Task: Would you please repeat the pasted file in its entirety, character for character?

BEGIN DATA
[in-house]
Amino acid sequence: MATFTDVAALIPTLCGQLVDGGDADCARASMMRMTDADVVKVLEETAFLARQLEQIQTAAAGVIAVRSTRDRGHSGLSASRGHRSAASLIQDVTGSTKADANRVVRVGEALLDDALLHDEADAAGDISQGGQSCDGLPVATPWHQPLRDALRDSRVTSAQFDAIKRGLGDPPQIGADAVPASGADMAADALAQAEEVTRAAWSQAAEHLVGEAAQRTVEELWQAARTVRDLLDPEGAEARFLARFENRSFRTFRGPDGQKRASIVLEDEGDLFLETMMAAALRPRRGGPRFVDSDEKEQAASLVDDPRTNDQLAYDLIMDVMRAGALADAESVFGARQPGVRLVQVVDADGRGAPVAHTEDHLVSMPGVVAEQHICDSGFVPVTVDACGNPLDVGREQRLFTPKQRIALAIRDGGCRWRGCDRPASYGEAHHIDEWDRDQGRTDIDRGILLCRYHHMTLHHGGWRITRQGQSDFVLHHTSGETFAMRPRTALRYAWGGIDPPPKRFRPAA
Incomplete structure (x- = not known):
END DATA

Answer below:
[in-house]
Amino acid sequence: MATFTDVAALIPTLCGQLVDGGDADCARASMMRMTDADVVKVLEETAFLARQLEQIQTAAAGVIAVRSTRDRGHSGLSASRGHRSAASLIQDVTGSTKADANRVVRVGEALLDDALLHDEADAAGDISQGGQSCDGLPVATPWHQPLRDALRDSRVTSAQFDAIKRGLGDPPQIGADAVPASGADMAADALAQAEEVTRAAWSQAAEHLVGEAAQRTVEELWQAARTVRDLLDPEGAEARFLARFENRSFRTFRGPDGQKRASIVLEDEGDLFLETMMAAALRPRRGGPRFVDSDEKEQAASLVDDPRTNDQLAYDLIMDVMRAGALADAESVFGARQPGVRLVQVVDADGRGAPVAHTEDHLVSMPGVVAEQHICDSGFVPVTVDACGNPLDVGREQRLFTPKQRIALAIRDGGCRWRGCDRPASYGEAHHIDEWDRDQGRTDIDRGILLCRYHHMTLHHGGWRITRQGQSDFVLHHTSGETFAMRPRTALRYAWGGIDPPPKRFRPAA
Incomplete structure (x- = not known):